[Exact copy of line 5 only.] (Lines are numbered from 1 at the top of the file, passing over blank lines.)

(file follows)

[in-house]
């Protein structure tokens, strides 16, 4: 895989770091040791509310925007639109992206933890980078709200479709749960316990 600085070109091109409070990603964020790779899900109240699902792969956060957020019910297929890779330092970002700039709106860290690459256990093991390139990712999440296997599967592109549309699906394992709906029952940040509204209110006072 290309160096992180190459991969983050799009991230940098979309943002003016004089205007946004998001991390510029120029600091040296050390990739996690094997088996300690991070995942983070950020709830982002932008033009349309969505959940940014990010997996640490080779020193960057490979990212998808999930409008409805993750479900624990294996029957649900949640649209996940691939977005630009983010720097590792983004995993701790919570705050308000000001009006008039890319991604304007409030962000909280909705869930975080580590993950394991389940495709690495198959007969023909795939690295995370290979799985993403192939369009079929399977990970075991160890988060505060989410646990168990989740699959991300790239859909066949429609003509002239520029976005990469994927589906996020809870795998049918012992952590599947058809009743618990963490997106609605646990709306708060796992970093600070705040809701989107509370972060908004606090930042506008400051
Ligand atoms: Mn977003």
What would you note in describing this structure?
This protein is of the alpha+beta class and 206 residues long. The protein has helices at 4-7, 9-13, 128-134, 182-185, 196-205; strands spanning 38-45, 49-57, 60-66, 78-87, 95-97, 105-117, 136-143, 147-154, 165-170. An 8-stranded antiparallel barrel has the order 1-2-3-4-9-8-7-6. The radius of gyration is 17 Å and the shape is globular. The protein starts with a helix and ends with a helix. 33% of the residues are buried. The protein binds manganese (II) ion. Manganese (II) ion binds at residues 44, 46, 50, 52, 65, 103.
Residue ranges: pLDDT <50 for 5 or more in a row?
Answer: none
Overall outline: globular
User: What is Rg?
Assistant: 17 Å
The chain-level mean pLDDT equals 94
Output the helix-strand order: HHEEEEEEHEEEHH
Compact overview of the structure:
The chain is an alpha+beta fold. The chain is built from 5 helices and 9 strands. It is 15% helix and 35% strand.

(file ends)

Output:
This protein is of the alpha+beta class and 206 residues long. The protein has helices at 4-7, 9-13, 128-134, 182-185, 196-205; strands spanning 38-45, 49-57, 60-66, 78-87, 95-97, 105-117, 136-143, 147-154, 165-170. An 8-stranded antiparallel barrel has the order 1-2-3-4-9-8-7-6. The radius of gyration is 17 Å and the shape is globular. The protein starts with a helix and ends with a helix. 33% of the residues are buried. The protein binds manganese (II) ion. Manganese (II) ion binds at residues 44, 46, 50, 52, 65, 103.